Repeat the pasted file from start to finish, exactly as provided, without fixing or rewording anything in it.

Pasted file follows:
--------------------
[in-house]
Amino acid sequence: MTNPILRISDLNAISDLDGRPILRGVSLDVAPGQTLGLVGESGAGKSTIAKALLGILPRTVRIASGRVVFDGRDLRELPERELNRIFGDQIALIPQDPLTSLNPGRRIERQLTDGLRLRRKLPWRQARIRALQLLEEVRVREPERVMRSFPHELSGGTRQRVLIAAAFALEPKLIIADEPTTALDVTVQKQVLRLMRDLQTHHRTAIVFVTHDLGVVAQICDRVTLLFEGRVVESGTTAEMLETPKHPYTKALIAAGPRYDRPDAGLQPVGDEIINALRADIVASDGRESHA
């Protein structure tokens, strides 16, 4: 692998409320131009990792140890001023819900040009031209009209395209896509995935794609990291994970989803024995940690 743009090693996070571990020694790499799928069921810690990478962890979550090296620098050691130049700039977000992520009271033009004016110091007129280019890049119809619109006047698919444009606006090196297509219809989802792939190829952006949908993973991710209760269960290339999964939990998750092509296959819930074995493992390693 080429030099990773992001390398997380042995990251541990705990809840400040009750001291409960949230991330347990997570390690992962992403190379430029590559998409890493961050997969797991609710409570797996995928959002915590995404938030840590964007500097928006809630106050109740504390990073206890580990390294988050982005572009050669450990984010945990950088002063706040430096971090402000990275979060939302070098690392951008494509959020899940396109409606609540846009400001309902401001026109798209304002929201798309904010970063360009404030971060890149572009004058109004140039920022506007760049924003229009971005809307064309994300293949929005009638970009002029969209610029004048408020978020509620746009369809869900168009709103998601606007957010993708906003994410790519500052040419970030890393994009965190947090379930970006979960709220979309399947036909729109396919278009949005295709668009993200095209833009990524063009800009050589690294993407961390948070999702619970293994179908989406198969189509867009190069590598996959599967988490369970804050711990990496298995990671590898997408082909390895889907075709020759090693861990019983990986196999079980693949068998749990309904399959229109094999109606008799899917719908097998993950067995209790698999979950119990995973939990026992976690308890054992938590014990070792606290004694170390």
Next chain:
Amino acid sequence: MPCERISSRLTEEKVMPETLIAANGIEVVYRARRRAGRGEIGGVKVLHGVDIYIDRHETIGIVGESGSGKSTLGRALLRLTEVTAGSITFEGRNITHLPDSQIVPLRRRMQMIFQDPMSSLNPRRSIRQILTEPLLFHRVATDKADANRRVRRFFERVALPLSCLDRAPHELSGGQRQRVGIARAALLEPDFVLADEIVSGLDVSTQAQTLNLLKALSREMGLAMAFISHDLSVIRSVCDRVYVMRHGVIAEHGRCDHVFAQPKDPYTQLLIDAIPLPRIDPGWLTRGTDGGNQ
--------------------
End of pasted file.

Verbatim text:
[in-house]
Amino acid sequence: MTNPILRISDLNAISDLDGRPILRGVSLDVAPGQTLGLVGESGAGKSTIAKALLGILPRTVRIASGRVVFDGRDLRELPERELNRIFGDQIALIPQDPLTSLNPGRRIERQLTDGLRLRRKLPWRQARIRALQLLEEVRVREPERVMRSFPHELSGGTRQRVLIAAAFALEPKLIIADEPTTALDVTVQKQVLRLMRDLQTHHRTAIVFVTHDLGVVAQICDRVTLLFEGRVVESGTTAEMLETPKHPYTKALIAAGPRYDRPDAGLQPVGDEIINALRADIVASDGRESHA
């Protein structure tokens, strides 16, 4: 692998409320131009990792140890001023819900040009031209009209395209896509995935794609990291994970989803024995940690 743009090693996070571990020694790499799928069921810690990478962890979550090296620098050691130049700039977000992520009271033009004016110091007129280019890049119809619109006047698919444009606006090196297509219809989802792939190829952006949908993973991710209760269960290339999964939990998750092509296959819930074995493992390693 080429030099990773992001390398997380042995990251541990705990809840400040009750001291409960949230991330347990997570390690992962992403190379430029590559998409890493961050997969797991609710409570797996995928959002915590995404938030840590964007500097928006809630106050109740504390990073206890580990390294988050982005572009050669450990984010945990950088002063706040430096971090402000990275979060939302070098690392951008494509959020899940396109409606609540846009400001309902401001026109798209304002929201798309904010970063360009404030971060890149572009004058109004140039920022506007760049924003229009971005809307064309994300293949929005009638970009002029969209610029004048408020978020509620746009369809869900168009709103998601606007957010993708906003994410790519500052040419970030890393994009965190947090379930970006979960709220979309399947036909729109396919278009949005295709668009993200095209833009990524063009800009050589690294993407961390948070999702619970293994179908989406198969189509867009190069590598996959599967988490369970804050711990990496298995990671590898997408082909390895889907075709020759090693861990019983990986196999079980693949068998749990309904399959229109094999109606008799899917719908097998993950067995209790698999979950119990995973939990026992976690308890054992938590014990070792606290004694170390």
Next chain:
Amino acid sequence: MPCERISSRLTEEKVMPETLIAANGIEVVYRARRRAGRGEIGGVKVLHGVDIYIDRHETIGIVGESGSGKSTLGRALLRLTEVTAGSITFEGRNITHLPDSQIVPLRRRMQMIFQDPMSSLNPRRSIRQILTEPLLFHRVATDKADANRRVRRFFERVALPLSCLDRAPHELSGGQRQRVGIARAALLEPDFVLADEIVSGLDVSTQAQTLNLLKALSREMGLAMAFISHDLSVIRSVCDRVYVMRHGVIAEHGRCDHVFAQPKDPYTQLLIDAIPLPRIDPGWLTRGTDGGNQ